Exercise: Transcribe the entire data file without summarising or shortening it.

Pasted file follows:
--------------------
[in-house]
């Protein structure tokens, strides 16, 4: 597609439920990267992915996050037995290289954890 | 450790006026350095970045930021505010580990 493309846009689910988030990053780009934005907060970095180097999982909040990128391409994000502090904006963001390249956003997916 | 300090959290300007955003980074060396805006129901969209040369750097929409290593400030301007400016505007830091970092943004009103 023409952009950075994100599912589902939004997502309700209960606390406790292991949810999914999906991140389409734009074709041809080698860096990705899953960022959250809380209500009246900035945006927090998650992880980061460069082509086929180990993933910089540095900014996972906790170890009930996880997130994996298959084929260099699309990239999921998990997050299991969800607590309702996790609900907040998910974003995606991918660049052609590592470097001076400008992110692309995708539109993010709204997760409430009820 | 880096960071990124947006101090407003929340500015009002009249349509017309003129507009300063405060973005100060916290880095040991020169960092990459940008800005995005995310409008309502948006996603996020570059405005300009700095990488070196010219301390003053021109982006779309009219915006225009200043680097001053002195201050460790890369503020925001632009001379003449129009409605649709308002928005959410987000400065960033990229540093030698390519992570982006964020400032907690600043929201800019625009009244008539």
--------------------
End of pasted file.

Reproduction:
[in-house]
């Protein structure tokens, strides 16, 4: 597609439920990267992915996050037995290289954890 | 450790006026350095970045930021505010580990 493309846009689910988030990053780009934005907060970095180097999982909040990128391409994000502090904006963001390249956003997916 | 300090959290300007955003980074060396805006129901969209040369750097929409290593400030301007400016505007830091970092943004009103 023409952009950075994100599912589902939004997502309700209960606390406790292991949810999914999906991140389409734009074709041809080698860096990705899953960022959250809380209500009246900035945006927090998650992880980061460069082509086929180990993933910089540095900014996972906790170890009930996880997130994996298959084929260099699309990239999921998990997050299991969800607590309702996790609900907040998910974003995606991918660049052609590592470097001076400008992110692309995708539109993010709204997760409430009820 | 880096960071990124947006101090407003929340500015009002009249349509017309003129507009300063405060973005100060916290880095040991020169960092990459940008800005995005995310409008309502948006996603996020570059405005300009700095990488070196010219301390003053021109982006779309009219915006225009200043680097001053002195201050460790890369503020925001632009001379003449129009409605649709308002928005959410987000400065960033990229540093030698390519992570982006964020400032907690600043929201800019625009009244008539």